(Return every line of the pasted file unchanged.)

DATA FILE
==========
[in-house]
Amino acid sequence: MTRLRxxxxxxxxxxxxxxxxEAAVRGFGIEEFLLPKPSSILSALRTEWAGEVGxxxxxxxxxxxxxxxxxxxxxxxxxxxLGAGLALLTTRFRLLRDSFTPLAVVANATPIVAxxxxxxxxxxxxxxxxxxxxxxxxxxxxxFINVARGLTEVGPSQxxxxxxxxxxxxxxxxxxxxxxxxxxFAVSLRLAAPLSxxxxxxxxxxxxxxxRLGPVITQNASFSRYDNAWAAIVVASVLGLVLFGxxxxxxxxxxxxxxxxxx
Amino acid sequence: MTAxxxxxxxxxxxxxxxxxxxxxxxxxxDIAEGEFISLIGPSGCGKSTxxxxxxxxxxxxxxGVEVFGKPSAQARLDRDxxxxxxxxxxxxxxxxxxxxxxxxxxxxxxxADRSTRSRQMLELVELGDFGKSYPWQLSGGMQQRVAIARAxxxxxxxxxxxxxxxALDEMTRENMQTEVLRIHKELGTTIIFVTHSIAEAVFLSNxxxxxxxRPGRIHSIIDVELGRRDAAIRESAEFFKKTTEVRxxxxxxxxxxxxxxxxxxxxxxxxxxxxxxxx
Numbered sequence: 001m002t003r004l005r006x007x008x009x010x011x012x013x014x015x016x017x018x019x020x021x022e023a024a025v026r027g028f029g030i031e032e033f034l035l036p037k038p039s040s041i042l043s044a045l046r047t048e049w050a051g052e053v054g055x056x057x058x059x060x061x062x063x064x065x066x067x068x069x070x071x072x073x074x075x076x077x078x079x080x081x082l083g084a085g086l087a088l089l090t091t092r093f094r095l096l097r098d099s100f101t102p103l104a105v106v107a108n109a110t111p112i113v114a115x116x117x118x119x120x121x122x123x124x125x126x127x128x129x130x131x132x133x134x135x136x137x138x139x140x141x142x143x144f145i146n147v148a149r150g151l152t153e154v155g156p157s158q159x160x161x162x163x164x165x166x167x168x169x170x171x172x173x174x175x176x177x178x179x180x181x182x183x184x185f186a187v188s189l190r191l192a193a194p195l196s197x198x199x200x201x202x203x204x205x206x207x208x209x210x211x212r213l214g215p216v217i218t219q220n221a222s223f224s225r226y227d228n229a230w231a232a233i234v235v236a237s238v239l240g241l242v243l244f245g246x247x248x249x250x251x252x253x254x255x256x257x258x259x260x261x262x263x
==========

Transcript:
[in-house]
Amino acid sequence: MTRLRxxxxxxxxxxxxxxxxEAAVRGFGIEEFLLPKPSSILSALRTEWAGEVGxxxxxxxxxxxxxxxxxxxxxxxxxxxLGAGLALLTTRFRLLRDSFTPLAVVANATPIVAxxxxxxxxxxxxxxxxxxxxxxxxxxxxxFINVARGLTEVGPSQxxxxxxxxxxxxxxxxxxxxxxxxxxFAVSLRLAAPLSxxxxxxxxxxxxxxxRLGPVITQNASFSRYDNAWAAIVVASVLGLVLFGxxxxxxxxxxxxxxxxxx
Amino acid sequence: MTAxxxxxxxxxxxxxxxxxxxxxxxxxxDIAEGEFISLIGPSGCGKSTxxxxxxxxxxxxxxGVEVFGKPSAQARLDRDxxxxxxxxxxxxxxxxxxxxxxxxxxxxxxxADRSTRSRQMLELVELGDFGKSYPWQLSGGMQQRVAIARAxxxxxxxxxxxxxxxALDEMTRENMQTEVLRIHKELGTTIIFVTHSIAEAVFLSNxxxxxxxRPGRIHSIIDVELGRRDAAIRESAEFFKKTTEVRxxxxxxxxxxxxxxxxxxxxxxxxxxxxxxxx
Numbered sequence: 001m002t003r004l005r006x007x008x009x010x011x012x013x014x015x016x017x018x019x020x021x022e023a024a025v026r027g028f029g030i031e032e033f034l035l036p037k038p039s040s041i042l043s044a045l046r047t048e049w050a051g052e053v054g055x056x057x058x059x060x061x062x063x064x065x066x067x068x069x070x071x072x073x074x075x076x077x078x079x080x081x082l083g084a085g086l087a088l089l090t091t092r093f094r095l096l097r098d099s100f101t102p103l104a105v106v107a108n109a110t111p112i113v114a115x116x117x118x119x120x121x122x123x124x125x126x127x128x129x130x131x132x133x134x135x136x137x138x139x140x141x142x143x144f145i146n147v148a149r150g151l152t153e154v155g156p157s158q159x160x161x162x163x164x165x166x167x168x169x170x171x172x173x174x175x176x177x178x179x180x181x182x183x184x185f186a187v188s189l190r191l192a193a194p195l196s197x198x199x200x201x202x203x204x205x206x207x208x209x210x211x212r213l214g215p216v217i218t219q220n221a222s223f224s225r226y227d228n229a230w231a232a233i234v235v236a237s238v239l240g241l242v243l244f245g246x247x248x249x250x251x252x253x254x255x256x257x258x259x260x261x262x263x